If any actor looks like a living, breathing Al Hirschfeld caricature, it's J. Fred Shiffman. As Tony Cavendish, stage star turned silent-movie idol in "The Royal Family" at Arena Stage, he lends his lanky frame to grand gestures and infantile rants, delighting all theatergoers, be they cynics or sentimentalists.

A two-time Helen Hayes Award winner (for "Falsettoland" at Studio and that delicious Spanish fop in Arena's "Lovers and Executioners"), Shiffman has teamed again with former artistic director Doug Wager, who has continued to stage one or two plays a season at Arena.

Shiffman and Wager first worked together in the 1970s. "Doug knows my arsenal, so we move very quickly through a project and speak in shorthand," said Shiffman of their rehearsal process. And Wager said of Shiffman: "He's not a wild man in rehearsal. . . . He'll allow you to give him a shape and a rhythm."

"The Royal Family," George S. Kaufman and Edna Ferber's 1927 dramedy, swerves from farce to melodrama in its portrayal of a family of actors based loosely on the Barrymores. The play, Wager said, is "imbued with a certain sense of strangeness--the sort of hothouse nature of the arts." It's also, he said, "about how we define the nature of success."

In Wager's own case, though he's been approached about other artistic directorships, he doesn't want more administrative worries so soon. And the life of a freelance theater director--who, if successful, is never home--doesn't appeal financially or familially. Nearing 50 and a newish dad, Wager plans to sell his Capitol Hill home and move with wife Eileen and daughter Miranda to Los Angeles, where he hopes he'll get to direct TV drama and eventually film. As a theater maven, he's been an invited "observer" on the sets of television's "Ally McBeal," "Law & Order" and "The Practice," learning and networking.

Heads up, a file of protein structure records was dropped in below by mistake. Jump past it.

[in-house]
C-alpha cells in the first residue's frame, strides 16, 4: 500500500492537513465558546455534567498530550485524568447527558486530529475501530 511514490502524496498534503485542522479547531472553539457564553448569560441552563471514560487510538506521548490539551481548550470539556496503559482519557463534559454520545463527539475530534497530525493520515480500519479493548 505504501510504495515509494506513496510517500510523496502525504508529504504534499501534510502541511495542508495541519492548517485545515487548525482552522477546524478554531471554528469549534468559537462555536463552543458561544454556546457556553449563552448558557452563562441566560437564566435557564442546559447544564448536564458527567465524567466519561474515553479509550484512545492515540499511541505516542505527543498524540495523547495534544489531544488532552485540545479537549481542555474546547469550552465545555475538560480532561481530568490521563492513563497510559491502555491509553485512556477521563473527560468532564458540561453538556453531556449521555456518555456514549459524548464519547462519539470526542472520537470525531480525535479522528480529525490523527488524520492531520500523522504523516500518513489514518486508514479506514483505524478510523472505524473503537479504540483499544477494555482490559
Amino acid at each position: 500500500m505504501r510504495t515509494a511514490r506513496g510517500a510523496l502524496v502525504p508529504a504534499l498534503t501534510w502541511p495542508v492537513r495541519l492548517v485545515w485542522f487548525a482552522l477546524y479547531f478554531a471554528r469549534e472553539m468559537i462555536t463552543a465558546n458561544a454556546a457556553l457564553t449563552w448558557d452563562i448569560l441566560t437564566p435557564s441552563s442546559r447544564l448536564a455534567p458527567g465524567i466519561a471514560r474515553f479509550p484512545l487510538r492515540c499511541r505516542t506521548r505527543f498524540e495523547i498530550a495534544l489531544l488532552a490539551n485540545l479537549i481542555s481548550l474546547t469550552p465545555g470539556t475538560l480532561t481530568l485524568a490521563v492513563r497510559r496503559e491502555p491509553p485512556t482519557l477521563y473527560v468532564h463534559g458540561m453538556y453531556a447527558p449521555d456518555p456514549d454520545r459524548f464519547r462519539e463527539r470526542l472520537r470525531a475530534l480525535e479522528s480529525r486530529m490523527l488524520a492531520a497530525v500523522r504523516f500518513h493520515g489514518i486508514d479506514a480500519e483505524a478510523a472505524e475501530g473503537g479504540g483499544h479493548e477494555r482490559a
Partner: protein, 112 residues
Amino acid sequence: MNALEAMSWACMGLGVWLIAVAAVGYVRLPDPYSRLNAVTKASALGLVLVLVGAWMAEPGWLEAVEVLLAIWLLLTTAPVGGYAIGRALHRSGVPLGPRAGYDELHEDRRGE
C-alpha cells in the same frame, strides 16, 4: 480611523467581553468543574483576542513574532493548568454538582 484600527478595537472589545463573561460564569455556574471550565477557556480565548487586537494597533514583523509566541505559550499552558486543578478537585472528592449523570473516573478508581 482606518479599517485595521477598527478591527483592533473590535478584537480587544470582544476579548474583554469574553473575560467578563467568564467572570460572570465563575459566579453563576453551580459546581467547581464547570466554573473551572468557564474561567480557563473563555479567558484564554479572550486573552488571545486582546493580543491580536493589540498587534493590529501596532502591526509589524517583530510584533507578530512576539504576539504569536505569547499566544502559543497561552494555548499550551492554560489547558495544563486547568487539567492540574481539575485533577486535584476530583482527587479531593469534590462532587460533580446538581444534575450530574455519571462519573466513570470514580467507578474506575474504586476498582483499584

In August he's scheduled to stage Lisa Loomer's play "Expecting Isabel" (which he did at Arena last season) at L.A.'s prestigious Mark Taper Forum. He's working with Loomer on the screenplay and hopes to interest some producer in making it into an independent film--with Wager directing. "I'm going there with my eyes wide open," Wager said of his foray into Hollywood, although the "people I've met so far on that side of the business have all been people of integrity [with] no less of a sense of pride in their work."

As for Shiffman, he's 46, happily acting in one play a year and working full time as an executive with the Abramson Labus Van De Velde advertising agency. He once had a big-time agent and was nearly chosen to join "Saturday Night Live," but he and his wife decided against New York or L.A. Shiffman has no agent now. Washington directors just call him, and once a season, he answers.